Bristling with sensuality and controversially showcasing the messy lives of the urban proletariat, George Bizet’s Carmen was, apparently, Queen Victoria’s favourite opera, although it is frankly anything but Victorian in sensibility. Tonight’s performance was a cracking good opening for the Washington National Opera’s 60th anniversary season.

Clémentine Margaine (Carmen) © Scott Suchman
Clémentine Margaine (Carmen)
© Scott Suchman
From her entrance, Clémentine Margaine’s Carmen dominated the action of the stage. It is a visceral role and her voice duly came from a low place. “Cut me, burn me”, she challenges. Most compelling was her liberal use of rubato: the orchestra fitted around her just as it ought to. She is the rhythm, hers the lawless drive of the whole work: she dictates it from that gorgeous habanera till her final scene. Margaine conveyed malice as well as sensuality throughout, perhaps too much so for some tastes, although I rather approved. There were barred teeth, and a certain wolvishness of expression and tone; her vocalise was a classically defiant contempt of form.

Janai Brugger was a quite glorious Micaëla: white-gloved, of course, and with sensible shoes, but a voice not at all that of the girl-next-door. Her diatonic melodies contrast with Carmen’s chromaticism. Fittingly, Micaëla chastely transmits José’s mother’s kiss, but Carmen stands only for herself in her relationship with the world. The female binary pulsed through the production wonderfully well. WNO Domingo-Cafritz Young Artists Ariana Wehr and Aleksandra Romana, had lovely showy voices as Frasquita and Mercédès respectively; the latter’s high notes were sensationally good, audible over a whole chorus. Joined by Christian Bowers and Rexford Tester and Margaine herself, their Act III quintet was a dazzling example of ensemble control at reckless speed. Bryan Hymel made Don José’s transition from respectable soldier to scruffy outsider to lawless killer with some conviction. His high B flat to end the Flower Song was movingly quiet, evoking that ‘loss of tenor force’ of which Parker speaks, as he submits to Carmen’s sway. By the end, he gets his (vocal and actual) force back by exerting violence on her. Michael Todd Simpson’s voice as Escamillo sounded somewhat hollowed out, although he looked the part of the toreador splendidly.

Clémentine Margaine (Carmen) and Michael Todd Simpson (Escamillo) © Scott Suchman
Clémentine Margaine (Carmen) and Michael Todd Simpson (Escamillo)
© Scott Suchman

Carmen is nothing if not a great choral opera, and the choruses both male and female acquitted themselves with some verve. From the ragamuffin children, strident and high-pitched, to the cigarette girls (on estrogen overload in their Act I chorus) and free-wheeling gypsies, this was, on the whole, bar some issues, good singing not afraid to be properly raucous, the screams, cheers and hisses signs of the violence never far beneath the surface.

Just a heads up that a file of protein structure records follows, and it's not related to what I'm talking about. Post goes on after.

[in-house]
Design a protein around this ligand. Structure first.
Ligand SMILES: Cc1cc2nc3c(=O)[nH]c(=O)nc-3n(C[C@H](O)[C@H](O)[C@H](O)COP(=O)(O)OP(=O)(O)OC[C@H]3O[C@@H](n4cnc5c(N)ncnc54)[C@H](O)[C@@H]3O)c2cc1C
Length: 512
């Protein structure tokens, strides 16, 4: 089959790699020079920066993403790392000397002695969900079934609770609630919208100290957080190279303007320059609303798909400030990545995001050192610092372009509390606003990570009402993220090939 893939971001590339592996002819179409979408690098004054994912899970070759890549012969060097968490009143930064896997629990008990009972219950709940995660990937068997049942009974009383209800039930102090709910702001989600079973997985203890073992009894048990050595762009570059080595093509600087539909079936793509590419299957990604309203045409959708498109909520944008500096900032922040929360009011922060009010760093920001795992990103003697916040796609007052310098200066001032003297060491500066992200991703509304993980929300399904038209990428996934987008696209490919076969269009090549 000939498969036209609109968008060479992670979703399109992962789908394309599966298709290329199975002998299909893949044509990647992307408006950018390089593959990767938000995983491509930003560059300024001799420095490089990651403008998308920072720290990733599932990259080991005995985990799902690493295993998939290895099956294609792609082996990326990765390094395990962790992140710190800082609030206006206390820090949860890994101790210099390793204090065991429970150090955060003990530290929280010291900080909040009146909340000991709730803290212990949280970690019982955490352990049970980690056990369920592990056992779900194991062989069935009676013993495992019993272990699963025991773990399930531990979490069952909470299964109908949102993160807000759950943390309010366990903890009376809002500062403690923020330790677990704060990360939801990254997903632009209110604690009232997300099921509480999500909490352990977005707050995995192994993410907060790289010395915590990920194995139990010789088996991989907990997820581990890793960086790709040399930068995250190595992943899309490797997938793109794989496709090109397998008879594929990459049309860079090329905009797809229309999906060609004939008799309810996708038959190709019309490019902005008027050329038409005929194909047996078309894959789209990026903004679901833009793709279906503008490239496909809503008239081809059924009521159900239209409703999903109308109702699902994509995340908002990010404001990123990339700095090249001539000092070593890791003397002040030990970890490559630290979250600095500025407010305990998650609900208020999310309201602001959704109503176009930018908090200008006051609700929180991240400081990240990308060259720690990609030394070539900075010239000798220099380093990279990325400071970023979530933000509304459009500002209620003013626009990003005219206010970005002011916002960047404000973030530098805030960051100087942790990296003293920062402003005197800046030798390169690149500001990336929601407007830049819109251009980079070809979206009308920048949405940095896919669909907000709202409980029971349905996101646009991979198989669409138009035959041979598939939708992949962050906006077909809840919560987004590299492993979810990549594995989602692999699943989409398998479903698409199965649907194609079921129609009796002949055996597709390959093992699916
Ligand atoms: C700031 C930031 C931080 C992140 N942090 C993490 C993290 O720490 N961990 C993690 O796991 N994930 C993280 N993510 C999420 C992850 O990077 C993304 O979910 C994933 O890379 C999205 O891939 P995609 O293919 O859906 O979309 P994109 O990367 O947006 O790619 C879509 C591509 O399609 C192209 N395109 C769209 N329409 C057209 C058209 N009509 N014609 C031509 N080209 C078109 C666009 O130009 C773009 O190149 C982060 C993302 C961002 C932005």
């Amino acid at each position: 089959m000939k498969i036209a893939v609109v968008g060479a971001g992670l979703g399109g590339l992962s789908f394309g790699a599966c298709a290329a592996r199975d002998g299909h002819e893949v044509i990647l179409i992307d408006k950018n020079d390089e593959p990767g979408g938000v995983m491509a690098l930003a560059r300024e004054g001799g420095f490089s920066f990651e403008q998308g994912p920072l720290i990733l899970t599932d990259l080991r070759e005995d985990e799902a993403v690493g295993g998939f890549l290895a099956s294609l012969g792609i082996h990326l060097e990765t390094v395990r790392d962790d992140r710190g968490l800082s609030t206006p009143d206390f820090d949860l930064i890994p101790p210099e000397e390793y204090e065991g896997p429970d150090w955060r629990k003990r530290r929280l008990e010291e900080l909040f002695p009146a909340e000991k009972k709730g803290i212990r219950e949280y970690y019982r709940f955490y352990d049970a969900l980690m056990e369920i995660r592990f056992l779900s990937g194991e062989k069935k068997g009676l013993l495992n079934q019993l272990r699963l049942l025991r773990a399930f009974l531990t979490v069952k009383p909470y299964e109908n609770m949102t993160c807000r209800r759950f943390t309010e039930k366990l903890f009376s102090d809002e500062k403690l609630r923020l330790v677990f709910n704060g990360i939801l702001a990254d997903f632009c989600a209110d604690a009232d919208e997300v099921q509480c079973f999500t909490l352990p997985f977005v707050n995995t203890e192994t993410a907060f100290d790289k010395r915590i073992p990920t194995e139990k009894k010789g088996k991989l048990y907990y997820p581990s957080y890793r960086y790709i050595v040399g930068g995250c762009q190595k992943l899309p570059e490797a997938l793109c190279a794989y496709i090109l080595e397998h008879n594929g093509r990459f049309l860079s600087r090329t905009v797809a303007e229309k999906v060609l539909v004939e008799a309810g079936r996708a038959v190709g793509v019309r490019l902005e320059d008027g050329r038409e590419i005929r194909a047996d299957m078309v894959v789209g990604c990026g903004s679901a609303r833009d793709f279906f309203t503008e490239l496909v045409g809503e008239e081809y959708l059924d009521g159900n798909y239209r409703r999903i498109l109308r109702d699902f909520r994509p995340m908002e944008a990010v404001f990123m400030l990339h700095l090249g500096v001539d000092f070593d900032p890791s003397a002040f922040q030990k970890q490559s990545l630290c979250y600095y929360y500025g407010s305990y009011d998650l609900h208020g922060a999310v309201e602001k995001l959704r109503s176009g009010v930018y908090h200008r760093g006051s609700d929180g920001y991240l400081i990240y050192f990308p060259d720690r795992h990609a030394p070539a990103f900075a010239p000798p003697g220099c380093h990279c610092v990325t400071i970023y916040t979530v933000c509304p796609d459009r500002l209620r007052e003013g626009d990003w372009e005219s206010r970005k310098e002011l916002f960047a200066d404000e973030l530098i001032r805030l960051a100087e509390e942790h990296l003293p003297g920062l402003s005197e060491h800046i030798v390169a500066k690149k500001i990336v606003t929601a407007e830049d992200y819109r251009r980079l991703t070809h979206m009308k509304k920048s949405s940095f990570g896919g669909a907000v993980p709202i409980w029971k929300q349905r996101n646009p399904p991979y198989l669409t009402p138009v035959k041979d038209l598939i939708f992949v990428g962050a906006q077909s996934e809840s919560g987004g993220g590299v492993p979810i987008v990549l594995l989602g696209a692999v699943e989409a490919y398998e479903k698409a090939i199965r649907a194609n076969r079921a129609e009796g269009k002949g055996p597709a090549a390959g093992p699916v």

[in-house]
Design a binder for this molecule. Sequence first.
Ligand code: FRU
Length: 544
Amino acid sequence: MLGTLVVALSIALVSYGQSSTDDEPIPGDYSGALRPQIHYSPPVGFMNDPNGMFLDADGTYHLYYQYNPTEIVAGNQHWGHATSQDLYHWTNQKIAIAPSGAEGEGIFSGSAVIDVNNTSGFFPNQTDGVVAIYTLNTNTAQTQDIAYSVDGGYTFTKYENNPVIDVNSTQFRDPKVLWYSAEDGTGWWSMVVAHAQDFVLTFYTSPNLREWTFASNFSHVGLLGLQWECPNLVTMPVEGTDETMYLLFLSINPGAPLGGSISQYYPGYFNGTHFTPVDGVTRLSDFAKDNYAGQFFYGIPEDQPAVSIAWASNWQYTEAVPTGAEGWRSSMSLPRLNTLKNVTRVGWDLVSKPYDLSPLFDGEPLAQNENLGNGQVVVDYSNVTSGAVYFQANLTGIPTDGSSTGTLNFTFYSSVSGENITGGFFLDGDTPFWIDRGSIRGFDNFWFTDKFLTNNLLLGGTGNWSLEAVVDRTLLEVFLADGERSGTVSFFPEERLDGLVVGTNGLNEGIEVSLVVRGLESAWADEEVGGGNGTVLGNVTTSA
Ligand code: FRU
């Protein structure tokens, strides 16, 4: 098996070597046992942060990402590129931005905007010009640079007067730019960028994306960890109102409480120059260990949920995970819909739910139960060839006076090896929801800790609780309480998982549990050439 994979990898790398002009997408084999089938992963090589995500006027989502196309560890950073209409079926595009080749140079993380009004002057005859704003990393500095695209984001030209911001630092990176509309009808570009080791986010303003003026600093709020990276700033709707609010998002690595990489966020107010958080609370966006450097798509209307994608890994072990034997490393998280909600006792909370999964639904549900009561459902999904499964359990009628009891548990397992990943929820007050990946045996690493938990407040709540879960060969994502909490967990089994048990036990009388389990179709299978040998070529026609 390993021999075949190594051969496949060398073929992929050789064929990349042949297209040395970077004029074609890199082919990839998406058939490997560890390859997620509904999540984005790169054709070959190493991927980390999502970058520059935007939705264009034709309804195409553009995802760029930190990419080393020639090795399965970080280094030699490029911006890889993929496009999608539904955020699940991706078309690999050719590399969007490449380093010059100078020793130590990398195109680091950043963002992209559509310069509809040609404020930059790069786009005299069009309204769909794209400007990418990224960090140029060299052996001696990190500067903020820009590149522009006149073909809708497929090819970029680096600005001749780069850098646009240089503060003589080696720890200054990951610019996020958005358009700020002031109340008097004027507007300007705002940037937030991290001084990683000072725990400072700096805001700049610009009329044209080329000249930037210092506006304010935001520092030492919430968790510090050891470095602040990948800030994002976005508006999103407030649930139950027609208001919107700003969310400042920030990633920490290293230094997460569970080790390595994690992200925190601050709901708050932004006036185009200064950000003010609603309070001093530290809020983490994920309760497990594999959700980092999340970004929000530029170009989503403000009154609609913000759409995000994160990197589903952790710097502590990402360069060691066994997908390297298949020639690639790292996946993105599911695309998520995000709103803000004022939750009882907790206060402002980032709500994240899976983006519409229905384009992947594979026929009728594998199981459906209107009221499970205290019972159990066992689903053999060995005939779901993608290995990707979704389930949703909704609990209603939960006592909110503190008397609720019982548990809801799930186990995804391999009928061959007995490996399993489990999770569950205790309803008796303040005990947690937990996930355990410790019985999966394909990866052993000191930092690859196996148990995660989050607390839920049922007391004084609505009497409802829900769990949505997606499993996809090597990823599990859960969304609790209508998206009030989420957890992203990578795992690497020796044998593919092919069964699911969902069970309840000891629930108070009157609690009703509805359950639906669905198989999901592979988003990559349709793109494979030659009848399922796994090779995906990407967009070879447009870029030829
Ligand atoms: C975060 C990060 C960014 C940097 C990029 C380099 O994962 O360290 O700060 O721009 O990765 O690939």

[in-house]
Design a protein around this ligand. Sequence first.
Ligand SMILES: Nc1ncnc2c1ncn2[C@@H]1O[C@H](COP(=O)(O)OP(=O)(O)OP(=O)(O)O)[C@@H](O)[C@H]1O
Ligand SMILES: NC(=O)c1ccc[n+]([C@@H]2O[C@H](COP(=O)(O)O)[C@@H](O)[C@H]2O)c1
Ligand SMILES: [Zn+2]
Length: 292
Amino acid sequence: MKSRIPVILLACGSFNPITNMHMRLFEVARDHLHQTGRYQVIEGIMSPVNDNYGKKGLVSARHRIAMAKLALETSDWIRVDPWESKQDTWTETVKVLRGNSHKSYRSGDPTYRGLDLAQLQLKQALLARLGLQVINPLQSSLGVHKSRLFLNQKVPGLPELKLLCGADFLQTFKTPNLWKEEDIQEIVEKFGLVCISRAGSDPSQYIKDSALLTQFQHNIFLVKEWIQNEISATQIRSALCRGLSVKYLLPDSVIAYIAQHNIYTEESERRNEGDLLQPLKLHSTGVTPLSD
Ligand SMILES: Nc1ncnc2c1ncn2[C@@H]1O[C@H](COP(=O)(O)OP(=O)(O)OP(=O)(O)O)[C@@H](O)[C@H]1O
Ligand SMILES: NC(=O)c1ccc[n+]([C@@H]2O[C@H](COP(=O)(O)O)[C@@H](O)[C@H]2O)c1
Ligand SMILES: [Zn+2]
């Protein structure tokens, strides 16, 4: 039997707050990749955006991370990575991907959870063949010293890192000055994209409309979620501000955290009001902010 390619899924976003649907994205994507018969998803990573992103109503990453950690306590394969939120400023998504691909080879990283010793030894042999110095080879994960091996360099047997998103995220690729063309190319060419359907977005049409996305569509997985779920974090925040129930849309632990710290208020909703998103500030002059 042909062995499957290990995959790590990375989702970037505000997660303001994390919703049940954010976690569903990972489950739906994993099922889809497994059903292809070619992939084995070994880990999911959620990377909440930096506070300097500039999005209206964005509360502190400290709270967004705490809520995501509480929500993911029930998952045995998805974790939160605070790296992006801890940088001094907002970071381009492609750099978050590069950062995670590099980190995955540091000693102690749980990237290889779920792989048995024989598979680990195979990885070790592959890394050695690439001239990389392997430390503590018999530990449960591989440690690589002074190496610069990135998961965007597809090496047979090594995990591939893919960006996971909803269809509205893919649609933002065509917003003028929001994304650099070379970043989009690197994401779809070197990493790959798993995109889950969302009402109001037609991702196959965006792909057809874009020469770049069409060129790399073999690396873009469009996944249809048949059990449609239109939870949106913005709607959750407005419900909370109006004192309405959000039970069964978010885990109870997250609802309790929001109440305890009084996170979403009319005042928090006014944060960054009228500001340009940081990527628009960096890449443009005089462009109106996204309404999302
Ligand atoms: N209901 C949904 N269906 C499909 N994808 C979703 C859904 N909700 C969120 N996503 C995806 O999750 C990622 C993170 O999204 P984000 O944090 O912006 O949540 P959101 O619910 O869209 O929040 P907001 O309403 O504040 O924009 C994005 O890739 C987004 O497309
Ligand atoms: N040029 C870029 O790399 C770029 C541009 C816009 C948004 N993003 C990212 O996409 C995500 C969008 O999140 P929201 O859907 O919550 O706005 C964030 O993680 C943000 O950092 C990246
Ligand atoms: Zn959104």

The deft directorship of E. Loren Meeker (a WNO debut) and choreographer Sara Erde put the physicality of the opera – the performance within the performance – front and center. Dancers Fanny Ara and Timo Nuñez danced Gypsy-style flamenco at the start of each act (apart from Act III). This brilliant addition added depth to the experience of a very familiar opera. Not only did it render Carmen’s culture with a certain authenticity (otherwise we have merely stereotypes), but we saw in the form of dance the duende – the possession to which a dancer submits, the paroxysm of soul and body, which were replicated in song and in theme. François St-Aubin’s 1940s-style costumes worked a treat, to my mind, and even if one isn’t a glutton for flowing florals, it was surely a sly way of expanding upon the omnipresent floral motif.

Bryan Hymel (Don José) and Janai Brugger (Micaëla) © Scott Suchman
Bryan Hymel (Don José) and Janai Brugger (Micaëla)
© Scott Suchman

The orchestra under the baton of Evan Rogister preformed creditably from the bright primary colours of the overture (dubbed by Parker and Abbate ‘one of the best musical daybreaks ever’) to the constant bite of its forceful rhythms. Meeker and Rogister had trimmed dialogue to a minimum: the whole maintained its pace.

Carmen is that strange breed: the Opéra Comique that changed the genre from within. The grindingly inevitable tragedy is frankly easier to convey. Well-achieved tonight was the element of light relief. Knowing the end as we do it was a nice sleight-of-hand to make the audience believe that things just might have turned out differently. In keeping fate at bay, the production stayed true to the work’s Opéra Comique origins. I thought the last scene especially well staged and an example of what I’m referring to: underneath the stands of the bull-ring, sedate parasols, occasionally twirling, and panamas were visible in profile, cheers for the victorious toreador punctuating the appalling denouement. But it shouldn’t just jar us to see people having fun, right then, we should even feel that pull towards the fiesta. And this all the while as Carmen, red petals (from her hair? her body?), spilling each time Don José pushed her to the ground, fell, deflowered finally and dead, blood red colouring the whole stage. “Quelle vérité” as was said after the première “mais quelle scandale”.